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What It Really Takes to Inspire Students to Perform Well (It’s Not Test Scores)

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    Ron Berger

You don’t have to make a choice between doing well in standard test scores and having kids doing brilliant, beautiful work that inspires others. That’s a false choice.

Amid the clamor in every state around student testing, a critical goal is missing from the debate: the ability of students to create high-quality work. We’re obsessed with test scores, when we should be focused on helping students learn to do the work that helps them for the rest of their lives.

When a student is done with her schooling, she will be judged for the rest of her life not by her scores on a test of basic skills, but by the quality of her work and her character.

What is high-quality work?

This kind of work can be a project that helps change our community, or it can be something small – such as a poem or a song or an essay – or it can be an act of courage or kindness. But the point is that this work is inspirational: it inspires other students to act and create and aim for excellence. Students sharing their high-quality work has a butterfly effect on those near and far – both peers in their classroom and students around the country who can witness this work online through the technology tools we have today.

EL Educations’s own open-source online Models of Excellence has videos of student work that have been seen by millions of students nationally. The Austin’s Butterfly video has spread virally among educators and students to become a kind of classic of how peer feedback can improve student work.

What makes high-quality work “contagious” to students?

Work that has a “real-world” impact is something that particularly grabs kids’ attention. Students at the more than 160 EL Education partner schools, coast to coast, tackle projects ranging from real-world neighborhood to personal artistic creations linked to community initiatives. At the Springfield Renaissance School in Massachusetts, ninth graders were trained by city engineers to become energy auditors – researching and then presenting a report to the city’s mayor on energy loss at schools. The city adopted the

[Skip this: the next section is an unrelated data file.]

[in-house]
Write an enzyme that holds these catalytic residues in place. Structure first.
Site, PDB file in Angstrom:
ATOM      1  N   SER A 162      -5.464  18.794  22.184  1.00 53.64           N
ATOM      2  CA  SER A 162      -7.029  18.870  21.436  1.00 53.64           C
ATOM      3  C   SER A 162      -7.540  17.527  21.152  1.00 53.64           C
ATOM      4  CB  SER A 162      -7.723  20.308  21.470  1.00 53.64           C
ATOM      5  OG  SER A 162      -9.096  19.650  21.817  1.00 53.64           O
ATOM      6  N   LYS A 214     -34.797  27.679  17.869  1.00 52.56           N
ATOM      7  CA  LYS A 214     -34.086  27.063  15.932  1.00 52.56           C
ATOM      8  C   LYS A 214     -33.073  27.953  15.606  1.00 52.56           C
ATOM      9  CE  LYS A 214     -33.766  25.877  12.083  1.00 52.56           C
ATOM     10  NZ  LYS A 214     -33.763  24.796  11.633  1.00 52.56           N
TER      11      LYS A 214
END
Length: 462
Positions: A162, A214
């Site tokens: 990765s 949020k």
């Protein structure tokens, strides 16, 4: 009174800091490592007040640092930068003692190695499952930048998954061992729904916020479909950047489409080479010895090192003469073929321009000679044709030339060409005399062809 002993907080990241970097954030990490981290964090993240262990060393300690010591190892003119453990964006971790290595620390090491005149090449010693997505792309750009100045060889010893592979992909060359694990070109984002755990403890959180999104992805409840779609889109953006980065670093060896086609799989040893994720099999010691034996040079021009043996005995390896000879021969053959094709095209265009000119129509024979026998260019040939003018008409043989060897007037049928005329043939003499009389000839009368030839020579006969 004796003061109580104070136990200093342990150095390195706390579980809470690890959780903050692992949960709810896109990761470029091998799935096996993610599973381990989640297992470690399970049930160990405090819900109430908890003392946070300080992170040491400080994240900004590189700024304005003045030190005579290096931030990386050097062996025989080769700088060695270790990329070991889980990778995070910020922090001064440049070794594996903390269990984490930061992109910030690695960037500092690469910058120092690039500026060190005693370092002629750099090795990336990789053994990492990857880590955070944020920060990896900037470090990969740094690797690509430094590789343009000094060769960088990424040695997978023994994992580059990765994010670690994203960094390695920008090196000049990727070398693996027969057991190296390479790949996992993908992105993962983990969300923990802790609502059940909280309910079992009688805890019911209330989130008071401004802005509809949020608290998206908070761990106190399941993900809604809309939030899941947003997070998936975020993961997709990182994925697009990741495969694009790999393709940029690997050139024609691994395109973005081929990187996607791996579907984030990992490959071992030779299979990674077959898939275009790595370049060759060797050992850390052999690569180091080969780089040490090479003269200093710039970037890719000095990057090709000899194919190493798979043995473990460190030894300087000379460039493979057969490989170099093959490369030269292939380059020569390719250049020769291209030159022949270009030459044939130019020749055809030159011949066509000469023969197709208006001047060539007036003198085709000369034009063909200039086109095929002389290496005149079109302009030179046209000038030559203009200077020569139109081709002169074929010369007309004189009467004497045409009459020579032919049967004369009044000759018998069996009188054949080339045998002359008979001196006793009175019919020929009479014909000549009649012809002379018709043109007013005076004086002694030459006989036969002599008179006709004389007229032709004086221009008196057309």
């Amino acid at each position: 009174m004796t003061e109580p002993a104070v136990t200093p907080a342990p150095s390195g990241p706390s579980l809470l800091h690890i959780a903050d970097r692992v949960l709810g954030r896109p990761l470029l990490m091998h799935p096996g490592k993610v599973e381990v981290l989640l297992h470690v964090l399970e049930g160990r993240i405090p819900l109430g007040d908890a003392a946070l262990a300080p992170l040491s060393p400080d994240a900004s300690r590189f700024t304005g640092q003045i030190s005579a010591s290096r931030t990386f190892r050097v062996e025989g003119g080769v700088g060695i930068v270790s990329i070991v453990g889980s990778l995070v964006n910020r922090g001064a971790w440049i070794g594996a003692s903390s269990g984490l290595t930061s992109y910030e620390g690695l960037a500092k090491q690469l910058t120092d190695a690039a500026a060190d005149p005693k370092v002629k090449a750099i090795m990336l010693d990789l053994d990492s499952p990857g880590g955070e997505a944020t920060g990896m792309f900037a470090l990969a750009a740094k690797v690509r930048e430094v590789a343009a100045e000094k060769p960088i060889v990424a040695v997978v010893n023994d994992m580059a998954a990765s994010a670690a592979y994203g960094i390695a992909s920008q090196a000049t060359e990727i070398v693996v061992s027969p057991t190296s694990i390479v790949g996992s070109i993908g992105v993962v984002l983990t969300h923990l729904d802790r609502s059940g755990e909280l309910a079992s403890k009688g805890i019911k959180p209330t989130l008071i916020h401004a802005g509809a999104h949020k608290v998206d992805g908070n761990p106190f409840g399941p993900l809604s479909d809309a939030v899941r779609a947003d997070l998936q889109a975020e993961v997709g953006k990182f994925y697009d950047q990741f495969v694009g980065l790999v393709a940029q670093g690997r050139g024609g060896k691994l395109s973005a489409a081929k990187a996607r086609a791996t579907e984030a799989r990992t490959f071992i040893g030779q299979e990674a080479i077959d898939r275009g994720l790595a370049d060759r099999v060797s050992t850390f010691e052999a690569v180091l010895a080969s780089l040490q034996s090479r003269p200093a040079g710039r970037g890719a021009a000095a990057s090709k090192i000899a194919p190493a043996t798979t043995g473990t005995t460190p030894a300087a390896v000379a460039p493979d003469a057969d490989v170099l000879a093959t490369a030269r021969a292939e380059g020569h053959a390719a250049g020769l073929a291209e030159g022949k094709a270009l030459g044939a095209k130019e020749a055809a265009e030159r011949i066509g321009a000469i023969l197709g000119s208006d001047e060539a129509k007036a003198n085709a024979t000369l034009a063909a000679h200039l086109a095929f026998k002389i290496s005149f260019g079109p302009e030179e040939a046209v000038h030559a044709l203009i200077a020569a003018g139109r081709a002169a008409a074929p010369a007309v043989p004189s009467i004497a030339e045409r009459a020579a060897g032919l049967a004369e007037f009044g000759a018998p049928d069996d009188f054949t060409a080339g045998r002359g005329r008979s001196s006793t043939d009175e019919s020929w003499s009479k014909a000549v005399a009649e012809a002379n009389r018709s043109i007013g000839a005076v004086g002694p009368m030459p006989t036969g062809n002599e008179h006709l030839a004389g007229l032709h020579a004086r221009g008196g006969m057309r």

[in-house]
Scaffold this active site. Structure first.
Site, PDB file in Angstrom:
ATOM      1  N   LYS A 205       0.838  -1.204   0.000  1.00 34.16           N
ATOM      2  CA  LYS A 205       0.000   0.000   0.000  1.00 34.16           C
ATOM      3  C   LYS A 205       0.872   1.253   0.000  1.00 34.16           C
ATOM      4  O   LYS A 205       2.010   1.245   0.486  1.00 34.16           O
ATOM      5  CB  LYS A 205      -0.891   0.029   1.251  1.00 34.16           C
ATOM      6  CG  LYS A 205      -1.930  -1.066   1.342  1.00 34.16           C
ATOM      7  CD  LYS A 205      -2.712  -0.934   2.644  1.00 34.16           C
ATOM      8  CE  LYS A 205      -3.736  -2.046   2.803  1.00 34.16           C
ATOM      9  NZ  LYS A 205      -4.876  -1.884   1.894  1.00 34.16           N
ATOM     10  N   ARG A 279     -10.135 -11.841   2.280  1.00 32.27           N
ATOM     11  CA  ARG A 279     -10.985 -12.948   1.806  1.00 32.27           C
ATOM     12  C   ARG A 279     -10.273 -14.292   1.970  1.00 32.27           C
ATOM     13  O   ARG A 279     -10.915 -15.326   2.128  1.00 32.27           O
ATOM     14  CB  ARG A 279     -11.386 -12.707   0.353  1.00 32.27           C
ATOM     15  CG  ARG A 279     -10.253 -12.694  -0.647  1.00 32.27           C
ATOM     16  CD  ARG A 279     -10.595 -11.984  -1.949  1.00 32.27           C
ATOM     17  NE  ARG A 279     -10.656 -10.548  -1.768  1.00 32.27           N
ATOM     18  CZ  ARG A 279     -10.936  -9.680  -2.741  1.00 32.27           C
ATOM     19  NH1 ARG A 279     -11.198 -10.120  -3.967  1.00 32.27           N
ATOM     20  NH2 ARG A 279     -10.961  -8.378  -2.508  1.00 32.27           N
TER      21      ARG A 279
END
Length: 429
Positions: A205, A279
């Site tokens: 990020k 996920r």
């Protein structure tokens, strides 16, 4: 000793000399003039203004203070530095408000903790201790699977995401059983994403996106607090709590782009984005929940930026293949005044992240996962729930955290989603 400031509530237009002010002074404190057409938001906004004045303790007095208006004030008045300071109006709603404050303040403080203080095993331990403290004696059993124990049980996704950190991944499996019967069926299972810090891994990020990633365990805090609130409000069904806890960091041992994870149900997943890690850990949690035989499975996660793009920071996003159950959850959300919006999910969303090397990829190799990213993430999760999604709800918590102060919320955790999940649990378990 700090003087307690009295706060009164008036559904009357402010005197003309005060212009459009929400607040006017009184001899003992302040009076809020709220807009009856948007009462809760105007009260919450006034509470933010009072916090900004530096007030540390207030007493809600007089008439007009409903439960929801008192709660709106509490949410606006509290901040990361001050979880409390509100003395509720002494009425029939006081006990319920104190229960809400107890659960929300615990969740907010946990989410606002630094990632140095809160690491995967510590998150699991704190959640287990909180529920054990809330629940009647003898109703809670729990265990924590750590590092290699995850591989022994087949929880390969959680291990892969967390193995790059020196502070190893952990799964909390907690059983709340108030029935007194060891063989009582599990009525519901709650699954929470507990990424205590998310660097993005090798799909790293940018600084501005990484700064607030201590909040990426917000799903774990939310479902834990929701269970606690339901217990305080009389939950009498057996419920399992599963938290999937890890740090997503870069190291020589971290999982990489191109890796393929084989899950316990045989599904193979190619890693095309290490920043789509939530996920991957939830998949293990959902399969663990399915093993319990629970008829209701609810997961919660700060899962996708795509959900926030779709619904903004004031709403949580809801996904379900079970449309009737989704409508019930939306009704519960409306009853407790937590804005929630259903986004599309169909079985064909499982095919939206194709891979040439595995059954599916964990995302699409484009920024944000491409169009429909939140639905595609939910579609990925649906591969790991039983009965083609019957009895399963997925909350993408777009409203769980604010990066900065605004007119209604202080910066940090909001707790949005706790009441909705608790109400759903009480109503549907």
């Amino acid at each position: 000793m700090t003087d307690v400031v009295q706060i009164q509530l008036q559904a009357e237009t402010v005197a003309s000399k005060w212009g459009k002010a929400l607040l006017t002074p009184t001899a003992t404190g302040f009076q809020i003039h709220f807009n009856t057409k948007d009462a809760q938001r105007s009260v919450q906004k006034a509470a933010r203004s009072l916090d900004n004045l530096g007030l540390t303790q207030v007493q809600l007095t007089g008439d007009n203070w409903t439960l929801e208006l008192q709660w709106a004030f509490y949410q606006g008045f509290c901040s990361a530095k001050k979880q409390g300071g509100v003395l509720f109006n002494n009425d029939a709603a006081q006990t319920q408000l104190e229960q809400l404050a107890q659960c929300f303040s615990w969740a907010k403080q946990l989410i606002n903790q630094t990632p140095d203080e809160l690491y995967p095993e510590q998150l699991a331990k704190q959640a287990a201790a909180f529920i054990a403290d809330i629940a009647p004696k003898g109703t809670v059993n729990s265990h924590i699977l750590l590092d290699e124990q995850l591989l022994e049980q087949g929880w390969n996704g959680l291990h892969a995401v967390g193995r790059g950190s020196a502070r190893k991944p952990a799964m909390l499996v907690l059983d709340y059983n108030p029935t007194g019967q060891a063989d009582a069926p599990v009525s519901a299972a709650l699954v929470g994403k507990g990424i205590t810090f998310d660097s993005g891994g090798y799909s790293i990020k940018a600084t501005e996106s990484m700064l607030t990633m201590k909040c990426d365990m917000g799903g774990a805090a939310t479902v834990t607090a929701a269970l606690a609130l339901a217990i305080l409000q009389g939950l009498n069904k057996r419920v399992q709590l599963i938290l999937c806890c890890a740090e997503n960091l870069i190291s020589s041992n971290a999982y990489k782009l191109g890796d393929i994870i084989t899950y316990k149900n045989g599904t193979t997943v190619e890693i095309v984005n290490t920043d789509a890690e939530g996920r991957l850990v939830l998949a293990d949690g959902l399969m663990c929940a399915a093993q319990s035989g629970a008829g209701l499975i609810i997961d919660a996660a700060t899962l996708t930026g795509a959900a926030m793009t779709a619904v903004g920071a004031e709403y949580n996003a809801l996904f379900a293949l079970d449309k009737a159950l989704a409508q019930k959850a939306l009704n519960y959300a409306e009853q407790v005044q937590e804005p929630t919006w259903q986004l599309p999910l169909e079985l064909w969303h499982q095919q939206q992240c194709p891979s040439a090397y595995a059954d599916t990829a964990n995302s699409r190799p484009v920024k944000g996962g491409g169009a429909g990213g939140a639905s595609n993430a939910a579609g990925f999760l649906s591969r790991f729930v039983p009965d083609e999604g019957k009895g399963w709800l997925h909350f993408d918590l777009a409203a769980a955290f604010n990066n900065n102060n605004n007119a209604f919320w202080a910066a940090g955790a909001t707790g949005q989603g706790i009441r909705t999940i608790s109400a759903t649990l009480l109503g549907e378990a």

students’ recommendations for retrofits, which saved the city $160,000 in two years.

Even though Springfield Renaissance is a large, urban public district school with primarily low-income families, this kind of work is inspiring students there to break expectations: about 98% of students graduate on time, and every graduate gets into college.

We see every day that deeper learning is about the really exciting research people do in real life – not textbook research. This is the kind of learning that gains longstanding traction in kids’ minds, and makes it memorable. All of us have a virtuous side that wants to contribute something of value to the world. And once a kid has done something he is proud of, he is never the same kid again.

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The “false choice” between good test scores and high-quality work

Many educators view the time constraints posed by test prep as limiting their ability to get creative in the classroom, but schools can have both. You don’t have to make a choice between doing well in standard test scores and having kids doing brilliant, beautiful work that inspires one another. That’s a false choice.

We hear people say, “we don’t have time to do beautiful work because we have to prepare for tests.” But the fact is that schools like Springfield, where beautiful work is happening, outscore other schools because the kids care more deeply about what they do. We don’t have to sacrifice success in traditional measures in creating high-quality work.

Test scores do not inspire students and teachers, yet this is what has driven the conversation about education in this country for too many years now. It’s not that we don’t need assessments of basic skills – of course we do. But they provide a shamefully low bar and narrow vision for driving education. Showing students and teachers models of beautiful, sophisticated work, created in schools like their own, creates a ripple effect among those students about what is possible.

Ron Berger, Chief Academic Officer of EL Education has spoken recently at SXSWedu in Austin and at Lincoln Center’s “Culture at the Core” symposium. His most recent book, Transformational Literacy, gives teachers tools for strengthening their implementation of the curriculum designed to meet Common Core standards.